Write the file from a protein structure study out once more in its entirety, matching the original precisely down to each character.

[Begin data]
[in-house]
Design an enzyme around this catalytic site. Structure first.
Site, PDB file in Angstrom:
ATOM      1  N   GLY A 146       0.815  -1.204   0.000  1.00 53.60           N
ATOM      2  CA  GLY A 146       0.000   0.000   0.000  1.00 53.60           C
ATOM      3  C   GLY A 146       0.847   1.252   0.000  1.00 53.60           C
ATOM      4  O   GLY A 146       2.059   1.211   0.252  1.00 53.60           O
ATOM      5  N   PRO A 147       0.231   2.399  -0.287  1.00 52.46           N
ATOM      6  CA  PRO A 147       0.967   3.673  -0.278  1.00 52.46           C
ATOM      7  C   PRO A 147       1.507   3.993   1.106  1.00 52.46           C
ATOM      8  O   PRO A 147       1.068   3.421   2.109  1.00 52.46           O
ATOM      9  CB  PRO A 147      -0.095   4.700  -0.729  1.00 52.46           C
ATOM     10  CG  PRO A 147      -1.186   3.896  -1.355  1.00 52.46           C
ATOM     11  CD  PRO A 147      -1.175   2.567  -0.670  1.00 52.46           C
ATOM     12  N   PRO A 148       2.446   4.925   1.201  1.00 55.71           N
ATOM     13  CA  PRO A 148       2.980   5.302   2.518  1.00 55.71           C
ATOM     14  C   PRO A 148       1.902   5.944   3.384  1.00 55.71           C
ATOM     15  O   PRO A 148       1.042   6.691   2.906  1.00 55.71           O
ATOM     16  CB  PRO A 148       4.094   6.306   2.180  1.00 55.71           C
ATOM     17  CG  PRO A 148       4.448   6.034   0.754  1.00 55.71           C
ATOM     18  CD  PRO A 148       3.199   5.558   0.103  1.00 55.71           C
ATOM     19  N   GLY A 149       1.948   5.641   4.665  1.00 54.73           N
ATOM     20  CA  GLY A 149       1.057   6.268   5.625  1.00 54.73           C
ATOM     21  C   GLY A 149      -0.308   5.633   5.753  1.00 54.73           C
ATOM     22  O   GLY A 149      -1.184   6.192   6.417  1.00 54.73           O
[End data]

[in-house]
Design an enzyme around this catalytic site. Structure first.
Site, PDB file in Angstrom:
ATOM      1  N   GLY A 146       0.815  -1.204   0.000  1.00 53.60           N
ATOM      2  CA  GLY A 146       0.000   0.000   0.000  1.00 53.60           C
ATOM      3  C   GLY A 146       0.847   1.252   0.000  1.00 53.60           C
ATOM      4  O   GLY A 146       2.059   1.211   0.252  1.00 53.60           O
ATOM      5  N   PRO A 147       0.231   2.399  -0.287  1.00 52.46           N
ATOM      6  CA  PRO A 147       0.967   3.673  -0.278  1.00 52.46           C
ATOM      7  C   PRO A 147       1.507   3.993   1.106  1.00 52.46           C
ATOM      8  O   PRO A 147       1.068   3.421   2.109  1.00 52.46           O
ATOM      9  CB  PRO A 147      -0.095   4.700  -0.729  1.00 52.46           C
ATOM     10  CG  PRO A 147      -1.186   3.896  -1.355  1.00 52.46           C
ATOM     11  CD  PRO A 147      -1.175   2.567  -0.670  1.00 52.46           C
ATOM     12  N   PRO A 148       2.446   4.925   1.201  1.00 55.71           N
ATOM     13  CA  PRO A 148       2.980   5.302   2.518  1.00 55.71           C
ATOM     14  C   PRO A 148       1.902   5.944   3.384  1.00 55.71           C
ATOM     15  O   PRO A 148       1.042   6.691   2.906  1.00 55.71           O
ATOM     16  CB  PRO A 148       4.094   6.306   2.180  1.00 55.71           C
ATOM     17  CG  PRO A 148       4.448   6.034   0.754  1.00 55.71           C
ATOM     18  CD  PRO A 148       3.199   5.558   0.103  1.00 55.71           C
ATOM     19  N   GLY A 149       1.948   5.641   4.665  1.00 54.73           N
ATOM     20  CA  GLY A 149       1.057   6.268   5.625  1.00 54.73           C
ATOM     21  C   GLY A 149      -0.308   5.633   5.753  1.00 54.73           C
ATOM     22  O   GLY A 149      -1.184   6.192   6.417  1.00 54.73           O